Don't forget to reapply the D. E. after it rains.

DJ4258 (author)Robyn1850.2016-08-02

Don't forget to reapply the D. E. after it rains.

SHOE0007 (author)2016-11-09

Unforunely it must be ingested to break down into cyandie i tested a mini lethal dose on ants and the sucrose cyandie molecule did nothing for ants for contact exposure. Yes I know that this is not very enviromentally friendly.

SHOE0007 (author)2016-11-09

I did an experement at home where I used natural chemicals to control ants. One was sucrose cyanide at levels at 30 mg cyanide. However I would only use 10 mg of the solution. I got the natural cyanide from black walnut trees.

leseagle (author)2016-09-12

Neem oil is made from the Neem tree located in South Sudan, Ethiopia and possibly other parts of East Africa. The native peoples just grab a handful and rub and crush the leaves and apply them to their skin as insecticide for mosquitos. In addition, it actually used in over 400 different medical compounds and especially for bowel cleansing by the people of India. It grows among the Gum Arabic trees which secreet a thick red resin in powder form is what is used in all Soda Pop as a preservative. I believe it is also used by string players to rosin their bows. It is used heavily in most cosmetics for the same purpose. The native people use it to make glasses and eating utensils and it is a very good cash crop for them. I am not aware if they use it on their gardens, but probably should. It also was the main money maker for Osama bin Laden who owned the entire business in Sudan. I have spent time in South Sudan in the Upper Nile city of Malakal which was the starting place of Osama bin Laden.

shermanduke (author)2016-08-01

The dish washing liquid in water is all you need. My dog's vet says a few drops is all it takes.

almerkel (author)2016-08-01

I wonder how the Rabbit's like this stuff? Does it repel them too?

fredellarby (author)2016-08-01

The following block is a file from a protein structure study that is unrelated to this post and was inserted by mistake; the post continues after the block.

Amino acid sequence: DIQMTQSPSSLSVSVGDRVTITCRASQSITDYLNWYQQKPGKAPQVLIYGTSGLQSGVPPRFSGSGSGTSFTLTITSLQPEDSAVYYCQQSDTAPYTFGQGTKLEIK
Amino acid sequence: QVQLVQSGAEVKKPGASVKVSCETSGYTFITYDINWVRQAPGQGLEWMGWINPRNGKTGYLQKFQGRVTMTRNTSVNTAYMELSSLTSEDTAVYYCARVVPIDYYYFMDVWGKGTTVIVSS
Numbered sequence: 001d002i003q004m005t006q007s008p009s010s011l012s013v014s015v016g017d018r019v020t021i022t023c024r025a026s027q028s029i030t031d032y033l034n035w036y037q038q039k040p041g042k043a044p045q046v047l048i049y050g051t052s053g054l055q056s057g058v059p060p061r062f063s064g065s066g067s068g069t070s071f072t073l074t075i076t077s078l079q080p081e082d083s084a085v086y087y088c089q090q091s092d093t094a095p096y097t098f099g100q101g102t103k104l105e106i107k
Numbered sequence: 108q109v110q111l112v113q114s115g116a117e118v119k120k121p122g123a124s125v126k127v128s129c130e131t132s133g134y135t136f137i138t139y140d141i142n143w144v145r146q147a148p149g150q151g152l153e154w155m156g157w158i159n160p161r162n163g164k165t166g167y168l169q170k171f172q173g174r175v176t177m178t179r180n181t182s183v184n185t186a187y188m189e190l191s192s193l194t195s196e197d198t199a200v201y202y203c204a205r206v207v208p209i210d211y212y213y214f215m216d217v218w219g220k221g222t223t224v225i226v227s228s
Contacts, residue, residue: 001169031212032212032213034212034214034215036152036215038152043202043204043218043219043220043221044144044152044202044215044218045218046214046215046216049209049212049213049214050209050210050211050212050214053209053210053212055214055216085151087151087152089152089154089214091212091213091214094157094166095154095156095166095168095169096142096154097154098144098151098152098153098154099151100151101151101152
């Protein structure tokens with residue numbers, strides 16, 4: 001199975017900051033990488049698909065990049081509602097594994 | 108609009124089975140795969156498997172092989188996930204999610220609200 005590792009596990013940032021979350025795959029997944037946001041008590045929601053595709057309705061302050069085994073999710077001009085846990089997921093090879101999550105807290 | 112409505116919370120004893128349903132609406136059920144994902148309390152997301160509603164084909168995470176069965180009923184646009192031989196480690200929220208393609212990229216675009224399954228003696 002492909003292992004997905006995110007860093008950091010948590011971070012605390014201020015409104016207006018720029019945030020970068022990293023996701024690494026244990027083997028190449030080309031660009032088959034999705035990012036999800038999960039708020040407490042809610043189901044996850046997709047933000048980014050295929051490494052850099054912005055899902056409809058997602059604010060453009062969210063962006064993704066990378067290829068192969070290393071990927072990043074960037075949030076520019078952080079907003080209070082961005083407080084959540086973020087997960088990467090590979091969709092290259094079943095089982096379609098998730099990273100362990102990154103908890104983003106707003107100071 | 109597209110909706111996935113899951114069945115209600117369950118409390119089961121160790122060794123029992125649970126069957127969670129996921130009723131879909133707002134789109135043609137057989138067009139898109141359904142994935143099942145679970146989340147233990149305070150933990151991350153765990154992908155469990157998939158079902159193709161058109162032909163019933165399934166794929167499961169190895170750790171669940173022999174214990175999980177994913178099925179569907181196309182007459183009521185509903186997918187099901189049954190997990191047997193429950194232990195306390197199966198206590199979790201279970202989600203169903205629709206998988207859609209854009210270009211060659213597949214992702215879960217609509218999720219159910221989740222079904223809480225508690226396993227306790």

Perhaps after eading all the concerns, you should label the product appropriately; "Do Not Drink","Do not feed to animals", "Do not use to, season eggs", "Do not dip with sharp stick then poke in eye", "Do Not Run With Scissors While Spraying".

yellowcatt (author)2016-07-31

In the UK you would be breaking the law if you were to use this. Only products approved by the government can be used as pesticides in the garden. That means home-made solutions, made from substances such as soaps are technically illegal.

AdrianJ3 (author)yellowcatt2016-08-01

I think now the UK has voted Brexit, you will be free of these neo-fascist European Union laws.

andrej (author)2016-08-01

Well, the title is not accurate since this recipe isn't for pesticide but insecticide. It seems it does not harm herbs. Rename it please.

Crazysparkie (author)2016-08-01

I worked in Africa for a number of years and the big organic growers used a solution as follows: Nicotine, Chilli pepper, Neem. I adapted the recipe as follows.

Three cigarettes in a pint of water over night, Mince three chillipeppers and soak in a pint of water over night. Strain the liquids into a container and add a tablespoon of neem oil and a drop of detergent (lets the oil emulsify) add water to double the volume and stir. Use as a spray. This works so well if used once every three weeks, do not use after two weeks before harvest. This solution acts as a preventative rather than a killer.

LisaKali (author)2016-07-31

Thanks for the great post!

I have successfully used the 19th century method of marigold borders around my vegetable garden to block pest, but this will work well with the other that get in from below or the air...

topkat29 (author)LisaKali2016-07-31

Don't use it!!! You don't want to kill everything in you soil. Basically you don't want to kill anything in you soil. Most pests are above ground feasting on your tender plants. If you do not have a problem with nematodes in your soil I would do nothing but cultivate it and add compost.

KathrynP22 (author)topkat292016-08-01